COLUMN: We need zero tolerance for certain zero-tolerance policies
Heather Brown, The Oklahoma Daily
When in grade school in the 1990s, I, like many children, had a sneaking suspicion that many of the arbitrary and archaic rules I had to follow were put in place maliciously, just to make school awful. It felt as if Pink Floyd had written "The Wall" just for my classmates and me. We received a good education while learning through experience that teachers and administrators could be every bit as vindictive and prone to prejudgment as our playground enemies.
As an adult looking back, I see I had mistaken detached incompetence for maliciousness in the way our schools are run. There is a drive to make an education a “one size fits all” affair, and unfortunately the kids who just don’t fit are marginalized and excluded, often by both teachers and students alike.
Of course, if I had known how much worse things were going to get, I’d have just shut my spoiled little mouth and done my lessons. Today, in what I then imagined would be a much more competent and technologically advanced future (based largely on Hollywood’s projections), common sense appears to be completely absent in the administration of our public school system.
The complaints are too many to list in one sitting. Between a few examples like implementation of policies like No Child Left Behind, legislation targeting science classrooms, teacher-student sex scandals and absurd wardrobe regulations, I honestly fear the next generation of Americans is going to be too uneducated and screwed up to function.
Lately, the issue in the public eye is a string of suspensions and expulsions stemming from “zero-tolerance” policies concerning guns in the wake of the Sandy Hook shootings.
Consider the 5-year-old in Pennsylvania who was suspended from kindergarten in January for making “terroristic threats.” The little terrorist was suspended for two days and forced to undergo a psychiatric evaluation for threating a classmate with a pink Hello Kitty gun that shoots bubbles.
Or my personal favorite, the 7-year-old Maryland boy who was suspended this month for chewing his Pop-Tart into the shape of a pistol in the school lunch room.
As both a former 7-year-old boy and a notorious chewer of Pop-Tarts into various shapes, I can personally attest to the immediate danger this child poses to those around him. That strawberry filling is hot, and if imaginarily fired into a crowd, the imaginary damage could be unprecedented.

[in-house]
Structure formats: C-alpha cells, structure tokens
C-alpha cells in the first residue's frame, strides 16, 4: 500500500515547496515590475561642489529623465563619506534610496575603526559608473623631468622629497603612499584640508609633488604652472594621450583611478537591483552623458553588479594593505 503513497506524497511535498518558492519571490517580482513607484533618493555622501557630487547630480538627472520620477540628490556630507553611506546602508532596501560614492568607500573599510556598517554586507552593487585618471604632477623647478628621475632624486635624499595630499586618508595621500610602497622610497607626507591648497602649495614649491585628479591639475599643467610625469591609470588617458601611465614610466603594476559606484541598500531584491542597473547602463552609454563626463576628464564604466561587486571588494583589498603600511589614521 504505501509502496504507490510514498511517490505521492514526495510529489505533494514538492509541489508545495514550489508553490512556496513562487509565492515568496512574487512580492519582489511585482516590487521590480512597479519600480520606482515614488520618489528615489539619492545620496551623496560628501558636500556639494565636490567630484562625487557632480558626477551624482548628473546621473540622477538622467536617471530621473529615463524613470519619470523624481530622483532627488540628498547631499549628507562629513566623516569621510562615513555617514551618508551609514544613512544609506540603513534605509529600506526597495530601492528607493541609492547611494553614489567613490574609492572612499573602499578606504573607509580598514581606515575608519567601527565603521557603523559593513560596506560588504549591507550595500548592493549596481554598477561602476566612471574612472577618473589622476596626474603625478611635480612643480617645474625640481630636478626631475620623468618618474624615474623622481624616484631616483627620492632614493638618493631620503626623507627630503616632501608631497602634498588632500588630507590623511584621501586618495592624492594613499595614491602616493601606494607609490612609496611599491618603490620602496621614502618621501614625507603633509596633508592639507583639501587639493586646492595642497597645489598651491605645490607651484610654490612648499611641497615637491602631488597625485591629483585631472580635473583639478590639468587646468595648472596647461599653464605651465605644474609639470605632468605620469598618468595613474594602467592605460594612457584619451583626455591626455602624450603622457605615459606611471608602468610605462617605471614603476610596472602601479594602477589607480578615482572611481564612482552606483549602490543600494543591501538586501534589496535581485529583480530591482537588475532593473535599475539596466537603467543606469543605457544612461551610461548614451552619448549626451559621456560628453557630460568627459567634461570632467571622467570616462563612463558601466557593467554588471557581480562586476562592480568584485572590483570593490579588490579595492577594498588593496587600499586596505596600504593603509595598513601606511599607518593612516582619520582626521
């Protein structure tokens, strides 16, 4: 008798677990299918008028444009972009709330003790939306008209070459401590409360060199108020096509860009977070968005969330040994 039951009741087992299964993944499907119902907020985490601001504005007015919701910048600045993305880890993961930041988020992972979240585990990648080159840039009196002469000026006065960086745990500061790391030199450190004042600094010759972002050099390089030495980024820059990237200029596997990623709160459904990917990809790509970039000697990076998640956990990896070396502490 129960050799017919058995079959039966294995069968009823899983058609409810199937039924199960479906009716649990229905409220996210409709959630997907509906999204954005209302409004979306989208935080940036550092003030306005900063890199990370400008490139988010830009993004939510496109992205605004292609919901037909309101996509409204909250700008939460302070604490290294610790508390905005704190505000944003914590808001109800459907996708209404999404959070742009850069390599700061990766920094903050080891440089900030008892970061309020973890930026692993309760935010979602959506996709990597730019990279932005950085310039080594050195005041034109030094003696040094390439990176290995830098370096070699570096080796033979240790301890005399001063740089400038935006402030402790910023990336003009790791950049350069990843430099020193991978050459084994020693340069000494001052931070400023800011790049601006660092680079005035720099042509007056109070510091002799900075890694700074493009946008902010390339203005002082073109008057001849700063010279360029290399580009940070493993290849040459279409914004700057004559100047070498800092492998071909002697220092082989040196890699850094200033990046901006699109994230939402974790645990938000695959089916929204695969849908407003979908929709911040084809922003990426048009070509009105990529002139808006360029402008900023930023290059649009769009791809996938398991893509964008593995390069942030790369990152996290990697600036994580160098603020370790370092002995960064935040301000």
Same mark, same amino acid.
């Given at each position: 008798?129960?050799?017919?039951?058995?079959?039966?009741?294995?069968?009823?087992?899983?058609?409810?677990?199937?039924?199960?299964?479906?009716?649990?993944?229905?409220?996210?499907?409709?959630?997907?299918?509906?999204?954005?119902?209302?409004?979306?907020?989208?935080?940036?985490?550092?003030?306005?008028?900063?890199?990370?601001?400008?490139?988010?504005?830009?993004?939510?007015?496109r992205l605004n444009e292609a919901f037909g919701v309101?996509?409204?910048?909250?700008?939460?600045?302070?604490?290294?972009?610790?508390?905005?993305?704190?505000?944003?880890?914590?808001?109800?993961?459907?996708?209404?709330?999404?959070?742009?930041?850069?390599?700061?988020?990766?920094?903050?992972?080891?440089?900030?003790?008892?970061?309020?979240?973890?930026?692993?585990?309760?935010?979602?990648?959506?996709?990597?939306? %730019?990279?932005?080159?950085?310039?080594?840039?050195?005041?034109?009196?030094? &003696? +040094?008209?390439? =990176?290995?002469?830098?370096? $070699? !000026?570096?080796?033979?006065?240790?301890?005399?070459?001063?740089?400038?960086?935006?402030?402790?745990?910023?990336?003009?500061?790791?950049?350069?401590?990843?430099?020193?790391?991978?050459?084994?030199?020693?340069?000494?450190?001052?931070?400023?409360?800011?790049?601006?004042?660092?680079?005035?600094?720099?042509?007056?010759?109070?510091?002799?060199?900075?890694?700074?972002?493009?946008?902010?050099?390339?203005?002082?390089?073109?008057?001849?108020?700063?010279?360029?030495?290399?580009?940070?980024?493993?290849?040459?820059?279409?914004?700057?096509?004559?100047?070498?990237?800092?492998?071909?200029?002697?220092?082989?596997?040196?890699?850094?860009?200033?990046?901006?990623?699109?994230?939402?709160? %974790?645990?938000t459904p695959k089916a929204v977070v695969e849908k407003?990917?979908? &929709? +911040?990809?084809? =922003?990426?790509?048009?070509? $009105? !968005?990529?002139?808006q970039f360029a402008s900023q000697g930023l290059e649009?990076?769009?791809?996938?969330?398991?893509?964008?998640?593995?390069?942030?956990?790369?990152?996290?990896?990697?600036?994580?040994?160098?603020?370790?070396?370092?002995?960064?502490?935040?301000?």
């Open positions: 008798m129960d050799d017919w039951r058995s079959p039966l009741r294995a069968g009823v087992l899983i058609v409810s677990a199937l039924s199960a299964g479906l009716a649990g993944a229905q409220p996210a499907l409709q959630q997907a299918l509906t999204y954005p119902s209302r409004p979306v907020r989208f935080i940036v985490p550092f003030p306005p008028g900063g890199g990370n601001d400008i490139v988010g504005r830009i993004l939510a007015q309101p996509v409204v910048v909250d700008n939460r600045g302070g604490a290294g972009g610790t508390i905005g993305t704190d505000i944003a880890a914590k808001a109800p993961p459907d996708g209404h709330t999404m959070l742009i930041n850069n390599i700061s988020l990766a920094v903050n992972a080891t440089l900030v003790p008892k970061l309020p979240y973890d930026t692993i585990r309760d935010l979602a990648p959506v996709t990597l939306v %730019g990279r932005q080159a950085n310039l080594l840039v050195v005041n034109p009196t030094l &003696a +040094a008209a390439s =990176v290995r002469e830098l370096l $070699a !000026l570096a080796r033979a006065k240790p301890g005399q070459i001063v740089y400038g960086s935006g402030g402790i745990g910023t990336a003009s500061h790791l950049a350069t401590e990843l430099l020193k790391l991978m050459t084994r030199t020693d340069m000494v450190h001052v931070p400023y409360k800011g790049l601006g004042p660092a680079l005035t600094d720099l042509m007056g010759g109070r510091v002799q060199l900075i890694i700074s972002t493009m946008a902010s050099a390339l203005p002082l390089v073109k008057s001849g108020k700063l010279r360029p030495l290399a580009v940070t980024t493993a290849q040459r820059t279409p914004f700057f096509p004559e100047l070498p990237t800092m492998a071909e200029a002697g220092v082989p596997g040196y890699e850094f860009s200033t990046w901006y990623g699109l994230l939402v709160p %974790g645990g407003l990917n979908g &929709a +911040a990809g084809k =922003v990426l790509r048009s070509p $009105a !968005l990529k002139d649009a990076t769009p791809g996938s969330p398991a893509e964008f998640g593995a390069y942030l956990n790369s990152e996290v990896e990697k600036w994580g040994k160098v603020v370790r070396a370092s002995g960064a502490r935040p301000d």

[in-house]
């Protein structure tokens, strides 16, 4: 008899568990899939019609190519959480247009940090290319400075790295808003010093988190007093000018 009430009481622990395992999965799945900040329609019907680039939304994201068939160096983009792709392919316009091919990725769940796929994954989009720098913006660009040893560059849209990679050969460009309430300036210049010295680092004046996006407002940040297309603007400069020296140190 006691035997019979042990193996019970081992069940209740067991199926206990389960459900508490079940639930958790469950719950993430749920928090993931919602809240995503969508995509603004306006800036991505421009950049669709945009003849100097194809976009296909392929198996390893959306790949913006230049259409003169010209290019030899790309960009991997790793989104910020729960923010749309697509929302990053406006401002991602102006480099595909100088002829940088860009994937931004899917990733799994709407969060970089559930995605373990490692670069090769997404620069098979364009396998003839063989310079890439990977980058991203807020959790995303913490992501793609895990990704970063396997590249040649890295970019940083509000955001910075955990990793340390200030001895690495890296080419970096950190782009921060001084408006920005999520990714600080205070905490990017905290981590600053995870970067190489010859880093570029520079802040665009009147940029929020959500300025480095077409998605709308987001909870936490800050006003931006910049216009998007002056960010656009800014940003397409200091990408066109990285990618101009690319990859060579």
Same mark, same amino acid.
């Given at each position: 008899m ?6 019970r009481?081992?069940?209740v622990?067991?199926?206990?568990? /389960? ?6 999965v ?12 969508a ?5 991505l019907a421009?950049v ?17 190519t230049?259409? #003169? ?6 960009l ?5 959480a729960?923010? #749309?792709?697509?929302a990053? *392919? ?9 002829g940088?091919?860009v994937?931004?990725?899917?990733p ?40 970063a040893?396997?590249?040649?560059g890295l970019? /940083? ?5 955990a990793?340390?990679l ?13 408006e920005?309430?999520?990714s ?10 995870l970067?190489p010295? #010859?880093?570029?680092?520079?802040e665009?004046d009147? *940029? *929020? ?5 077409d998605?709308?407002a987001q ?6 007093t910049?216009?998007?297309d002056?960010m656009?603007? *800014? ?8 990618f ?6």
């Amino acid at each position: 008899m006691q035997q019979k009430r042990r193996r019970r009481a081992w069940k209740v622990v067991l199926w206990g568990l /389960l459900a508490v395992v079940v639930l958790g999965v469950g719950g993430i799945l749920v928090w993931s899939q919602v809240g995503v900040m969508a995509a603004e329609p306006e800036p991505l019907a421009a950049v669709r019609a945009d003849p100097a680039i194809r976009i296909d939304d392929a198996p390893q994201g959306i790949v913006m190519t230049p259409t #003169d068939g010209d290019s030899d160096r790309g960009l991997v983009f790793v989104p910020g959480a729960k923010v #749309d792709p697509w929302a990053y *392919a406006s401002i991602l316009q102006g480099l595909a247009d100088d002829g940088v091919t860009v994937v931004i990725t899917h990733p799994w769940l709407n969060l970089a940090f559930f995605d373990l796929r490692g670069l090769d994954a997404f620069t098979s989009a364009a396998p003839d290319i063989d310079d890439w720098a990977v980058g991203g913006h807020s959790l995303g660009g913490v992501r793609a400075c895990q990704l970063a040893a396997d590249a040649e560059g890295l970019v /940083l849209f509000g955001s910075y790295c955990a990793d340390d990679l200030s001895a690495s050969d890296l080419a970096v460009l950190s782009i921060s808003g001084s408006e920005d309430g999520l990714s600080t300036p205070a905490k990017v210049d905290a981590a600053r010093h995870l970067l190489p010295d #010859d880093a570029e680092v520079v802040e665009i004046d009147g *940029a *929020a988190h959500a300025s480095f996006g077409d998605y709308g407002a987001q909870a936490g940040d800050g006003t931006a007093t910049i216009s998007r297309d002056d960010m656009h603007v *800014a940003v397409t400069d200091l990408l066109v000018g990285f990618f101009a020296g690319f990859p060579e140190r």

And then there’s the fracas last week about the Michigan third-grader who had an army-themed birthday party and brought cupcakes to school with little green army men on them. As you can imagine, the army men were confiscated and the parents were called immediately. Surely this was done out of concern for the little green army men, who would no doubt have died horrible deaths on the playground after lunch.
While these are all semi-amusing examples of Sandy Hook related overreactions and idiocy, there’s one case that really highlights the actual dangers of zero-tolerance policies and the need to alter the course our education system is on.
Courtni Webb, a 17-year-old high school student in San Francisco, wrote a poem about Sandy Hook that got her suspended. In the poem, she acknowledges that she understands the loneliness and misery that drove the shooter to want to force his problems on his community. I have read and re-read the poem, and I cannot find a place where she endorses or sympathizes with the shooter. Rather, she empathizes with him. It’s a pretty clear cry for help, and rather than address the content of the poem constructively with Webb, the school suspended her and the incident will be on her educational records permanently.
Here is a 17-year-old saying she gets so lonely and feels so excluded that she can understand a person coming to the conclusion with which she ends her poem: “Misery loves company / If I can’t be loved then no one can.” The response? More exclusion in the name of “zero-tolerance.”
It’s ironic that in the place where reading comprehension and understanding context are taught, the administration intentionally excludes the same comprehension and context when reading a student’s work. Things like this make it so I can’t have a glass-top desk. I’d put my forehead right through it.
Hopefully all of our education majors here at OU, the future teachers and administrators of our public school system, will learn from these failures and bring the common sense and compassion back to our nation’s classrooms.
Trent Cason is an English literary and cultural studies senior